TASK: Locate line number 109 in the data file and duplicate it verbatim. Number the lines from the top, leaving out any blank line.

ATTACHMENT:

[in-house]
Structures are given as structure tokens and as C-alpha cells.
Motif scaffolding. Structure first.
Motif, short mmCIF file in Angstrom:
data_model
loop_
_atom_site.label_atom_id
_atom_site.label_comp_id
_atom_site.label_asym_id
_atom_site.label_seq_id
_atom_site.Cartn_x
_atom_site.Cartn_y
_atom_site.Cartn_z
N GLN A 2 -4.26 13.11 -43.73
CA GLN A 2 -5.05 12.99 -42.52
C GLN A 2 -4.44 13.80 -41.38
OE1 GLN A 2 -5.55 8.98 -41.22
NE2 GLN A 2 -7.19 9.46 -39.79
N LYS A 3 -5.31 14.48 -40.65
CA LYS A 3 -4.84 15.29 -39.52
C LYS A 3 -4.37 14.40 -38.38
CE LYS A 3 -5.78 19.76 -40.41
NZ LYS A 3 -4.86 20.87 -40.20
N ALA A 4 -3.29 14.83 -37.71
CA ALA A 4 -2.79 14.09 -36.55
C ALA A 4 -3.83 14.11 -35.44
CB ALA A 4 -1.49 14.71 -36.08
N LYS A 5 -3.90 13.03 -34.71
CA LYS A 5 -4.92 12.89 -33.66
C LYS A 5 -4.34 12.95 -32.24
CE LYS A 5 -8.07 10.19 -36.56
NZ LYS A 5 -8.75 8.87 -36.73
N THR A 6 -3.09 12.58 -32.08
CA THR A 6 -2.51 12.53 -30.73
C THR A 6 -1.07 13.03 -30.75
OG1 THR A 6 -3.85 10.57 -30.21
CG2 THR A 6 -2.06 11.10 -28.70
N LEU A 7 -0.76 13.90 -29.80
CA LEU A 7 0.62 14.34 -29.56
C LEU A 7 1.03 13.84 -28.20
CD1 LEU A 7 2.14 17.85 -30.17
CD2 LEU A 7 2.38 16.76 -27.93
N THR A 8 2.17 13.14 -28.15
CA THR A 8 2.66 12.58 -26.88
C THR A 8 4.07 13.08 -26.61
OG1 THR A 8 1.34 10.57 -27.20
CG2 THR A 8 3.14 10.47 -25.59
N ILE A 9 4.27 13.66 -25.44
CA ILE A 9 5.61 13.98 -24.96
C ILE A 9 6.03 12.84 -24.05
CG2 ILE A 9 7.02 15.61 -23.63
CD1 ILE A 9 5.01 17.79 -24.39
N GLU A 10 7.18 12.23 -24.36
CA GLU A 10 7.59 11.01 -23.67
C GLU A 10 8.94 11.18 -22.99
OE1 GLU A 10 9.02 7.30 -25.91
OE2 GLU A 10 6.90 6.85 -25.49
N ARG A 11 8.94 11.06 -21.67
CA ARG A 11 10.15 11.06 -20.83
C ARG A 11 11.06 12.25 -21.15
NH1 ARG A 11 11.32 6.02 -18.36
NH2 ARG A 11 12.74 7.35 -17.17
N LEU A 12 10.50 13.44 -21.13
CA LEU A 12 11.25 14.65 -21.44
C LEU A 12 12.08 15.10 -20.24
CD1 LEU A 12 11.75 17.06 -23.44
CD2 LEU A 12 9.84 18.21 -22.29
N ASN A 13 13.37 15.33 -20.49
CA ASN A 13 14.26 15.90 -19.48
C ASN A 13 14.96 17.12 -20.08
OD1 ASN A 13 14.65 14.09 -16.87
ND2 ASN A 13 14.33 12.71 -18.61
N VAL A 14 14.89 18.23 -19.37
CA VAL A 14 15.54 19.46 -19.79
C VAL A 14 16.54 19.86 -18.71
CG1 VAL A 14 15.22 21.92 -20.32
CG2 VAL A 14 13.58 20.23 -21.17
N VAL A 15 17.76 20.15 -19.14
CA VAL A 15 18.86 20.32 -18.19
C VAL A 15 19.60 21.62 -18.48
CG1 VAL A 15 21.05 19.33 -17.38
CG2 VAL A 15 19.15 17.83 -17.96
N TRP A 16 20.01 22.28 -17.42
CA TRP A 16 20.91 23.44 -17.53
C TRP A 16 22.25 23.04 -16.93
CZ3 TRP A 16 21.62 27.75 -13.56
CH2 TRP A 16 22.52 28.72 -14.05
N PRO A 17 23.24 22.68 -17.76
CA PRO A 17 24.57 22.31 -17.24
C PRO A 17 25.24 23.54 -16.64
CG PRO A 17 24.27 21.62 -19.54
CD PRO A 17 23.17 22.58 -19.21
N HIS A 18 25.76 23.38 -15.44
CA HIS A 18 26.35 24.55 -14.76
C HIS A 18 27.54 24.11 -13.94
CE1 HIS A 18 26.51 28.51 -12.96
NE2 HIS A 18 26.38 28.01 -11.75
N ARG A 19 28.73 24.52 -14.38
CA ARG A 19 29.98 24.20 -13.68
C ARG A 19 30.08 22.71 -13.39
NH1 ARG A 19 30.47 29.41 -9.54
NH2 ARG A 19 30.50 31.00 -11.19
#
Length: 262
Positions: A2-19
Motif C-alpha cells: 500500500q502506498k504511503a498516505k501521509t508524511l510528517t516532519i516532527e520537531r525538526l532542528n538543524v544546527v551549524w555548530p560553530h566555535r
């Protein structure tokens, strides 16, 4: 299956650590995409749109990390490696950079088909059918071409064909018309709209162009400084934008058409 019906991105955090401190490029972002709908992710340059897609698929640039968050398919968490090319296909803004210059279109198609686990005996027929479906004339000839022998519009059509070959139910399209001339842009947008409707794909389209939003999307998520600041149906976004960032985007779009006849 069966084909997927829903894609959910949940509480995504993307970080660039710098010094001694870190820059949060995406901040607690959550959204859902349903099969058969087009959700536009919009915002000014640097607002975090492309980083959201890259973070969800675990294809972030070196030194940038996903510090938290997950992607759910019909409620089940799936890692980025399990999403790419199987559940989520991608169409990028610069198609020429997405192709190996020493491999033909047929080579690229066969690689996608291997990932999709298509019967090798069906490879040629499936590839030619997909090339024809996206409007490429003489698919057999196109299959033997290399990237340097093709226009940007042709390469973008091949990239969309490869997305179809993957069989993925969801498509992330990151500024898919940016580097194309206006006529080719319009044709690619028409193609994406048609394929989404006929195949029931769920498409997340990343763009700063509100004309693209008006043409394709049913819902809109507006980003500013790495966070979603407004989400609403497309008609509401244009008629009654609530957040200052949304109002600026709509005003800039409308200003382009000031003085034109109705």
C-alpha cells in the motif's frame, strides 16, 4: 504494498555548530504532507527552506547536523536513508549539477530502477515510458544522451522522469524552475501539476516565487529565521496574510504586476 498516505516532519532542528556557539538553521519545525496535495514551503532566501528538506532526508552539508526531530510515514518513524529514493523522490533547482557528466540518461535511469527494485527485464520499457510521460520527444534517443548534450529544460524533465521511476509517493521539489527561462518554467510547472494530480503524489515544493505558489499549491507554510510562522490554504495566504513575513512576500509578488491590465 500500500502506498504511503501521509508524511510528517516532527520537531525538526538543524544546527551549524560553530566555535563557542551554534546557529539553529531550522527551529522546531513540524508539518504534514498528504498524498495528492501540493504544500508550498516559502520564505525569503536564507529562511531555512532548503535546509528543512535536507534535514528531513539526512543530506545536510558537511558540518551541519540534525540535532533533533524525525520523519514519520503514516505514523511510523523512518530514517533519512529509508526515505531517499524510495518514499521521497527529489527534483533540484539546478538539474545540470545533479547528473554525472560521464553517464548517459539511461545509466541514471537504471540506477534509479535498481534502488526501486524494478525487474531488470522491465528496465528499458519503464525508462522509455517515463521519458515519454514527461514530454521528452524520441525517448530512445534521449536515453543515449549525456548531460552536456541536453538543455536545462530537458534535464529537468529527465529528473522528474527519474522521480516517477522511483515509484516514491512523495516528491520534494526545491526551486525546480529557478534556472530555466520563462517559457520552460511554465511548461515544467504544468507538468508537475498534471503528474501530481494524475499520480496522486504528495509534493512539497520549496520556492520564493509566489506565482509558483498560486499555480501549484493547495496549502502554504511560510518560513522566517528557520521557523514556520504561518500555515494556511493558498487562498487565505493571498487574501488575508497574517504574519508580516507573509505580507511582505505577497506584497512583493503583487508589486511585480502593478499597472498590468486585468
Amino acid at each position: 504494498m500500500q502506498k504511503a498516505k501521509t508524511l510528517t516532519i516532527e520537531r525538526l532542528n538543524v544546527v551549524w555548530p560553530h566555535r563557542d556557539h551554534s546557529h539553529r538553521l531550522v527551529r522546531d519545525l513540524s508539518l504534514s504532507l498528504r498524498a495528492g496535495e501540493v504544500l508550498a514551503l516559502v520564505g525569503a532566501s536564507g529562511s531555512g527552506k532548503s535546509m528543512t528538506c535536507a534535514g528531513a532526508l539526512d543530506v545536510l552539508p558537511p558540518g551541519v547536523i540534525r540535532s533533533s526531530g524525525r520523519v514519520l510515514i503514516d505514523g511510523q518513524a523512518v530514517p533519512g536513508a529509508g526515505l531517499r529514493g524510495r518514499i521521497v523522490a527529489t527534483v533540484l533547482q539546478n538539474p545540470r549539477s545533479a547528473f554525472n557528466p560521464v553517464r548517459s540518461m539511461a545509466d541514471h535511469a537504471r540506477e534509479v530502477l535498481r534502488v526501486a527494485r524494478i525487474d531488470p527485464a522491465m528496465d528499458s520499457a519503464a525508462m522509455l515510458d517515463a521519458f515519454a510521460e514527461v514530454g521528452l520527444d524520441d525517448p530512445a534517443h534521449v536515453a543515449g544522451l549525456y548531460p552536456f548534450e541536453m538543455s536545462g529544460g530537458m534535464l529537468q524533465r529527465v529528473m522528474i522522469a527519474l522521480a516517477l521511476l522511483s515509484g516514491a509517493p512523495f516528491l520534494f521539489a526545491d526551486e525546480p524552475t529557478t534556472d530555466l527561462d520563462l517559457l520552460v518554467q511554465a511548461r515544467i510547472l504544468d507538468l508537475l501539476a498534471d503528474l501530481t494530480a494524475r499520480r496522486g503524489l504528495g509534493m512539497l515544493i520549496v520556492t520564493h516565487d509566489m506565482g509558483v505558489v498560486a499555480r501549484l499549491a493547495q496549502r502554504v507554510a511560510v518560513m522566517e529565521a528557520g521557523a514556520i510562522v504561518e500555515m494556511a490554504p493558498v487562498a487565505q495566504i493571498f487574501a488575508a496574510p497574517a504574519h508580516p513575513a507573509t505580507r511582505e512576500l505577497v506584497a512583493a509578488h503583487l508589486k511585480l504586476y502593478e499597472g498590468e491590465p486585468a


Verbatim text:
Amino acid at each position: 504494498m500500500q502506498k504511503a498516505k501521509t508524511l510528517t516532519i516532527e520537531r525538526l532542528n538543524v544546527v551549524w555548530p560553530h566555535r563557542d556557539h551554534s546557529h539553529r538553521l531550522v527551529r522546531d519545525l513540524s508539518l504534514s504532507l498528504r498524498a495528492g496535495e501540493v504544500l508550498a514551503l516559502v520564505g525569503a532566501s536564507g529562511s531555512g527552506k532548503s535546509m528543512t528538506c535536507a534535514g528531513a532526508l539526512d543530506v545536510l552539508p558537511p558540518g551541519v547536523i540534525r540535532s533533533s526531530g524525525r520523519v514519520l510515514i503514516d505514523g511510523q518513524a523512518v530514517p533519512g536513508a529509508g526515505l531517499r529514493g524510495r518514499i521521497v523522490a527529489t527534483v533540484l533547482q539546478n538539474p545540470r549539477s545533479a547528473f554525472n557528466p560521464v553517464r548517459s540518461m539511461a545509466d541514471h535511469a537504471r540506477e534509479v530502477l535498481r534502488v526501486a527494485r524494478i525487474d531488470p527485464a522491465m528496465d528499458s520499457a519503464a525508462m522509455l515510458d517515463a521519458f515519454a510521460e514527461v514530454g521528452l520527444d524520441d525517448p530512445a534517443h534521449v536515453a543515449g544522451l549525456y548531460p552536456f548534450e541536453m538543455s536545462g529544460g530537458m534535464l529537468q524533465r529527465v529528473m522528474i522522469a527519474l522521480a516517477l521511476l522511483s515509484g516514491a509517493p512523495f516528491l520534494f521539489a526545491d526551486e525546480p524552475t529557478t534556472d530555466l527561462d520563462l517559457l520552460v518554467q511554465a511548461r515544467i510547472l504544468d507538468l508537475l501539476a498534471d503528474l501530481t494530480a494524475r499520480r496522486g503524489l504528495g509534493m512539497l515544493i520549496v520556492t520564493h516565487d509566489m506565482g509558483v505558489v498560486a499555480r501549484l499549491a493547495q496549502r502554504v507554510a511560510v518560513m522566517e529565521a528557520g521557523a514556520i510562522v504561518e500555515m494556511a490554504p493558498v487562498a487565505q495566504i493571498f487574501a488575508a496574510p497574517a504574519h508580516p513575513a507573509t505580507r511582505e512576500l505577497v506584497a512583493a509578488h503583487l508589486k511585480l504586476y502593478e499597472g498590468e491590465p486585468a